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Prospectus

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Seminar Greek: Peitho: the Power of Persuasion. Famous Speeches from Homer to Pericles and Demosthenes

Course
2017-2018

Admission requirements

This class can be taken in fulfilment of the requirements of both the MA and the Research MA program in Classics and Ancient Civilizations (track Classics), with differential requirements.
Admission requirements for other students: a BA degree in Classics obtained from a university in the Netherlands, or a comparable qualification obtained from a university outside the Netherlands. Moreover, students with an international degree have to contact the coordinator of studies to check admissibility.

Description

Peithô was the Greek goddess of persuasion. She plays a dominant role in the Greek world, which was deeply engaged in debates, arguments and the composition of effective speeches. This seminar will examine the rhetorical strategies of Greek speakers and orators in a variety of archaic and classical Greek texts, representing different genres and periods. We will discuss Odysseus’ rhetorical strategies in Homer, we will reconstruct the didactic program of Corax and Tisias, the earliest teachers of rhetoric on Sicily, and we will closely analyze some famous speeches of sophists, philosophers and politicians.

How did rhetorical practice develop from the earliest period to the classical period? What can we learn from ancient and modern rhetorical and linguistic theory? How did rhetoric interact with poetry (Homer), philosophy (Plato, Aristotle) and historiography (Thucydides)? These are only a few of the questions that will be raised in this seminar. We will be reading some of the greatest texts of Greek literature (mostly in Greek, partly in translation), including Gorgias’ Helen, Plato’s Apology, Isocrates’ Panegyricus, parts of Demosthenes’ On the Crown and Pericles’ Funeral Oration.

Course objectives

Knowledge:

  • of the history of Greek rhetorical theory and practice;

  • of the historical, literary and rhetorical aspects of a selection of famous speeches (Homer, Gorgias, Plato, Isocrates and Demosthenes)

  • of ancient rhetorical techniques (argumentation, style, structure, characterization, etc.);

  • of various paradigms of rhetorical and linguistic analysis;

  • of stylistic classifications in ancient rhetoric.

Skills:

  • research: independent formulation of a complex research question, collecting materials, analyzing results, constructing arguments, formulating conclusions;

  • critical assessment of secondary literature;Oral presentation: the oral presentation will give a clear and well-argued interpretation of a specific text passage, making effective use of a handout and/or PowerPoint;

  • written presentation: the paper will offer a clear and well-structured presentation of original research.

  • the student must demonstrate his or her grasp of critical issues in recent scholarship, and assess recent scholarly contributions by confronting them with the original source material;

  • this course aims at active participation and preparation: the student demonstrates involvement in the topic by asking well-informed and constructive questions and making contributions to the collective progress, on the basis of antecedent independent preparation.

Timetable

Please consult the Classics and Ancient Civilizations website.

Mode of instruction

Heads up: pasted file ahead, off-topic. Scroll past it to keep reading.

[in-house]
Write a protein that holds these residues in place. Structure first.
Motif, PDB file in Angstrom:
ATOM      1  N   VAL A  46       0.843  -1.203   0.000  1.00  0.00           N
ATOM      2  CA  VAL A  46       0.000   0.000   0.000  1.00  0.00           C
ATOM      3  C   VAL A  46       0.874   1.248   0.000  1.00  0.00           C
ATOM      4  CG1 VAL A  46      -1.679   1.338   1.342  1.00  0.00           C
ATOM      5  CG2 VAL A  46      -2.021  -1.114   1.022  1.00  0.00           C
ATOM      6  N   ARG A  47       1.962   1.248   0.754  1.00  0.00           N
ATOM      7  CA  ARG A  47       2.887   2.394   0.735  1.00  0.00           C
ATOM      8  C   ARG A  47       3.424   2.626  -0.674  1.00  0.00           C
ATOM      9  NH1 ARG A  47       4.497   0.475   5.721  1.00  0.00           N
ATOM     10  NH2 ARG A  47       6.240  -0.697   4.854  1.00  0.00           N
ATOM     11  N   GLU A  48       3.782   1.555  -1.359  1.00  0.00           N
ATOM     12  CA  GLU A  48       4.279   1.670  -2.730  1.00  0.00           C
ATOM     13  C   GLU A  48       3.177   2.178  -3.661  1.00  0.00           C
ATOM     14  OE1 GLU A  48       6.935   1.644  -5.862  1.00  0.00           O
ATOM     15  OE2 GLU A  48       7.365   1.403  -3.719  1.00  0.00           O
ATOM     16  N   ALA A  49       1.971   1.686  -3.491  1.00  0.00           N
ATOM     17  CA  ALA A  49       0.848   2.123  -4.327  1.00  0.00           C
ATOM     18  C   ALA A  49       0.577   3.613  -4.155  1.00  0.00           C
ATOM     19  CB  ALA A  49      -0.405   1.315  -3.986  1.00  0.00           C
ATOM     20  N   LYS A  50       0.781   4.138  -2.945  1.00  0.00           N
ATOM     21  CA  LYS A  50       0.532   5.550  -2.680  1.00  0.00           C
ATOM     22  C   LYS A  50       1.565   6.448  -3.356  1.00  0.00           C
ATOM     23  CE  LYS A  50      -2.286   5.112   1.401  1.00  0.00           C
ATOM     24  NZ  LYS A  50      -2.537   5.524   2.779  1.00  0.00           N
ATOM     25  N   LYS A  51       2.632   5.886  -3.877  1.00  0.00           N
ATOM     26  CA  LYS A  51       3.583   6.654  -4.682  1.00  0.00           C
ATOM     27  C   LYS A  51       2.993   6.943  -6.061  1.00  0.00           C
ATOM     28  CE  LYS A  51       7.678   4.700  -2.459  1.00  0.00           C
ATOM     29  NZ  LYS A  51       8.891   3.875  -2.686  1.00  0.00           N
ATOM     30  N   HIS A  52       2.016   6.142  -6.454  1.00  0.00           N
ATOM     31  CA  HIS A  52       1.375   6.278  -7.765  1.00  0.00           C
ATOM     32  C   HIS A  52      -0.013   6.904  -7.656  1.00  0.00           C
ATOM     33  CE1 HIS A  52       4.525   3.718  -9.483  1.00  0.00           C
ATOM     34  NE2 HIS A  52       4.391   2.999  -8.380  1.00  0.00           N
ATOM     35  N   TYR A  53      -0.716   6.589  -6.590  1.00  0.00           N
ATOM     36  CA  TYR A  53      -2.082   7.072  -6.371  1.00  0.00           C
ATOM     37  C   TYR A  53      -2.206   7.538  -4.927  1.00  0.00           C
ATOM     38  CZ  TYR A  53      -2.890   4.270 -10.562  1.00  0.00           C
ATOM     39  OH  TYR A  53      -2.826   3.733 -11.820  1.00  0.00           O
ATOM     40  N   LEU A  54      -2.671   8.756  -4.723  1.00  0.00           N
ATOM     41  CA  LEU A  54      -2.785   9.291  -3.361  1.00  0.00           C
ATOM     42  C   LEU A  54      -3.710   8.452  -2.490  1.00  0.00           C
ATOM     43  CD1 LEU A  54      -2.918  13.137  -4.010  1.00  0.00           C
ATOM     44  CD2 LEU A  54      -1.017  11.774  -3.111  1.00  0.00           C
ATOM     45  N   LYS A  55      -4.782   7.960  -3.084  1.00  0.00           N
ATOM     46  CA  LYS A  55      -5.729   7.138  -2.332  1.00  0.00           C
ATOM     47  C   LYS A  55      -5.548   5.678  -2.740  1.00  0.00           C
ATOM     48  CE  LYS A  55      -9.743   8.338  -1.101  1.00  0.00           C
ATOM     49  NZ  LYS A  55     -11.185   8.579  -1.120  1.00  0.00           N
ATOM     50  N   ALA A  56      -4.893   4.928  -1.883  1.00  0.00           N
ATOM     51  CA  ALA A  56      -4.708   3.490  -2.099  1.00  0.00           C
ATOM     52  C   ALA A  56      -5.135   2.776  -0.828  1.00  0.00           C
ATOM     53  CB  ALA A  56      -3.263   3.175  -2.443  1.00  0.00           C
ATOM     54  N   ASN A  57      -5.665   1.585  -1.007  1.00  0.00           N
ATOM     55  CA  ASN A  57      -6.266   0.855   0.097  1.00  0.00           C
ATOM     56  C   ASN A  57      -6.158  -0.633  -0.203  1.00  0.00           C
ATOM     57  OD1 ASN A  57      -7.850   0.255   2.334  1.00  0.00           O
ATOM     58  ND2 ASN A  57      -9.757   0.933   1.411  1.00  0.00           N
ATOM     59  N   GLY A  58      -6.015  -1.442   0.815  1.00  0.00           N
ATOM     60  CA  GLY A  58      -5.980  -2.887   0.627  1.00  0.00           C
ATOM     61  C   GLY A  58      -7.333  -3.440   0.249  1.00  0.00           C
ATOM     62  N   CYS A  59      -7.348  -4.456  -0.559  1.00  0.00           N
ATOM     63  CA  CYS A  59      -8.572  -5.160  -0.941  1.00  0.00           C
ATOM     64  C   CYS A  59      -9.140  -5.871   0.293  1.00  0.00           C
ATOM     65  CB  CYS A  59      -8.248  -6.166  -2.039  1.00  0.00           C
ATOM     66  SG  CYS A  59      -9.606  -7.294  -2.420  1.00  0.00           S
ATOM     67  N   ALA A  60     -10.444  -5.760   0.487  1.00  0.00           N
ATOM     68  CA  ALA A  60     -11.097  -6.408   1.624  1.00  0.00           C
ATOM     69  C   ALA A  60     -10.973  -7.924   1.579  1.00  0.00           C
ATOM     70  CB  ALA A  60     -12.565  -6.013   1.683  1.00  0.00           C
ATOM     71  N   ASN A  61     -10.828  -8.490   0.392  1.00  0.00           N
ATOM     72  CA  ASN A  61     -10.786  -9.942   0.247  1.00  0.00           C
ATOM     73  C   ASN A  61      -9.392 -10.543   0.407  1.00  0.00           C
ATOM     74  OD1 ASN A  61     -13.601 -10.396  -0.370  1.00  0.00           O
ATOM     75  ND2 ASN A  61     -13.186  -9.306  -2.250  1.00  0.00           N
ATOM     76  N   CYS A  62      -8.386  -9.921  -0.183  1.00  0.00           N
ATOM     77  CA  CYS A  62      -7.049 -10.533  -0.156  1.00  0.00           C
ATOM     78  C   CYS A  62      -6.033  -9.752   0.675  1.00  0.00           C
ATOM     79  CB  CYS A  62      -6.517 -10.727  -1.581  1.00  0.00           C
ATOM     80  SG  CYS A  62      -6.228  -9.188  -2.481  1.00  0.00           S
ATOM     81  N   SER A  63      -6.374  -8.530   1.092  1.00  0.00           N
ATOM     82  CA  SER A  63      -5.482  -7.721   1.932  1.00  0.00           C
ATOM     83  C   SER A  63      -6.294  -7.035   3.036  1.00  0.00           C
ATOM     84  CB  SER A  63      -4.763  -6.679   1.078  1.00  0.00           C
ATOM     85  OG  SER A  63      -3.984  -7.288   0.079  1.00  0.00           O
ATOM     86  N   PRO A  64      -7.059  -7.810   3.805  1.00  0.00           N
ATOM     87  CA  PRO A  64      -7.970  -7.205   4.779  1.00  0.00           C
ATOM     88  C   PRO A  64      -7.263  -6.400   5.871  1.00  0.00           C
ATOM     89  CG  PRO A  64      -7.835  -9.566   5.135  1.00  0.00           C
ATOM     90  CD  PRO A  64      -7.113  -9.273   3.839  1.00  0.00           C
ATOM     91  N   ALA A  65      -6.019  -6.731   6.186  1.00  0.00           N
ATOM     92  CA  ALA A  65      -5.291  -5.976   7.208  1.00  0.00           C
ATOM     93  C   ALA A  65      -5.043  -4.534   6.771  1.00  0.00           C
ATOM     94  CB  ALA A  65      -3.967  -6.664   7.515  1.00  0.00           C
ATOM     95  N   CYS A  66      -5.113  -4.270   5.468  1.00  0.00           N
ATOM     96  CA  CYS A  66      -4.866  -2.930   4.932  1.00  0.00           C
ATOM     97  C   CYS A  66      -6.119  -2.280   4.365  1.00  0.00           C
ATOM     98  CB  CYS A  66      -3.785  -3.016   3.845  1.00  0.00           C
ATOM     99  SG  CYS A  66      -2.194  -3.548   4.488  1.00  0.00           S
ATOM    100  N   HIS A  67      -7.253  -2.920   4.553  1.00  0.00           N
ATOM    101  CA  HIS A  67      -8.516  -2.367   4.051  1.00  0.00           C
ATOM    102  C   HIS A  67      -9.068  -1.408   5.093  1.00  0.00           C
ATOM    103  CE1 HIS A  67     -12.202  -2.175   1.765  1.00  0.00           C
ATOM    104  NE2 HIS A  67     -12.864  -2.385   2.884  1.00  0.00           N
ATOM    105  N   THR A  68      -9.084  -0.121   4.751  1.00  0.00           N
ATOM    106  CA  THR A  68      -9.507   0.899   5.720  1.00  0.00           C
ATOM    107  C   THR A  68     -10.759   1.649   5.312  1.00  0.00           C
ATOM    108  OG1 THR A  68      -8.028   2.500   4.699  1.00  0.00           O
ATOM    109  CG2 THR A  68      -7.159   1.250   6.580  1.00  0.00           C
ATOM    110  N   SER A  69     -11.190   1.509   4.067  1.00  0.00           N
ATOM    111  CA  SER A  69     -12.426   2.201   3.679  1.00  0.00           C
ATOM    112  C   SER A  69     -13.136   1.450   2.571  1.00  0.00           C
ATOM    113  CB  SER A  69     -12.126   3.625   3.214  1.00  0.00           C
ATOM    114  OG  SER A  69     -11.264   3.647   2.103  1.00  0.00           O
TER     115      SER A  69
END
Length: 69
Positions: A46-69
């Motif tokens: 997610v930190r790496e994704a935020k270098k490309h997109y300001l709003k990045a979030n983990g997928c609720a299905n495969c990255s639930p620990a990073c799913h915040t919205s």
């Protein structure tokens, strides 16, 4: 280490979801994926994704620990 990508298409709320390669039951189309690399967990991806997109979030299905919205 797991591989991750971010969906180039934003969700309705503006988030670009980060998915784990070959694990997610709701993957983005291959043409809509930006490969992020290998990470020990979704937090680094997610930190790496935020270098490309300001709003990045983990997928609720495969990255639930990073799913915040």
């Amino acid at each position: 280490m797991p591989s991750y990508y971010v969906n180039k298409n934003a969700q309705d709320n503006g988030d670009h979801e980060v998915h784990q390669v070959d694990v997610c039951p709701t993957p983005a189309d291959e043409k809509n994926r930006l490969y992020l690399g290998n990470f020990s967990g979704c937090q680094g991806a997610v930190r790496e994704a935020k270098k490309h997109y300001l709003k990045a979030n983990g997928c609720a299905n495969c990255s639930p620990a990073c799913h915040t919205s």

• Seminar

Course Load

Total course load 10 EC x 28 hours= 280 hours

  • Contact hours 13 × 2 = 26 hours;

  • Reading of Greek text (ca. 65 pp OCT) = 50 hours;

  • Secondary Literature = 30 hours;

  • Preparation Oral Presentation = 20 hours;

  • Preparation Oral Examination = 14 hours;

  • Written Paper (5000-6000 words) = 140 hours.

Total course load 5 EC x 28 hours= 140 hours

  • Contact hours (13 sessions) = 26 hours;

  • Reading of Greek text (ca. 65 pp OCT) = 50 hours;

  • Secondary Literature = 30 hours;

  • Preparation Oral Presentation = 20 hours;

  • Preparation Oral Examination = 14 hours.

Assessment method

Assessment method

In case of 10 EC:

  • Oral examination on the Greek text and topics discussed in class (30%)

  • Oral presentation (30%)

  • Paper (30%)

  • Participation (10%)

In case of 5 EC:

  • Oral examination on the Greek text and topics discussed in class (50%)

  • Oral presentation (30%)

  • Participation (20%)

Weighing

The final mark for the course is established by determining the weighted average.

Resit

The final mark for the course is established by determining the weighted average. If the overall mark is unsatisfactory, the student can either revise the paper or retake the oral examination (after consultation with the teacher). There is no resit for the oral presentation and participation. If the final mark is sufficient, the examination and paper cannot be retaken.

Exam review

Students will be invited to discuss their paper and their results for this seminar (participation, oral presentation, oral examination, paper) individually with the teacher, as soon as the results have been published.

Blackboard

Blackboard will be used for:

  • the distribution of study material

  • the announcement of assignments

Reading list

Students should acquire:

Pernot, L. Rhetoric in Antiquity. Washington DC: The Catholic University of America Press, 2005.

An additional reading list, with titles to be found in the Leiden University Library, will be made available before the start of the seminar. A selection of relevant books will be made available on a special bookshelf at the University Library.

Registration

Enrolment through uSis is mandatory.
General information about uSis is available in [English])http://hum.leiden.edu/students/study-administration/usis-english.html) and Dutch

Registration Studeren à la carte and Contractonderwijs

Not applicable

Contact

Dhr. dr. Casper de Jonge

Remarks

All other information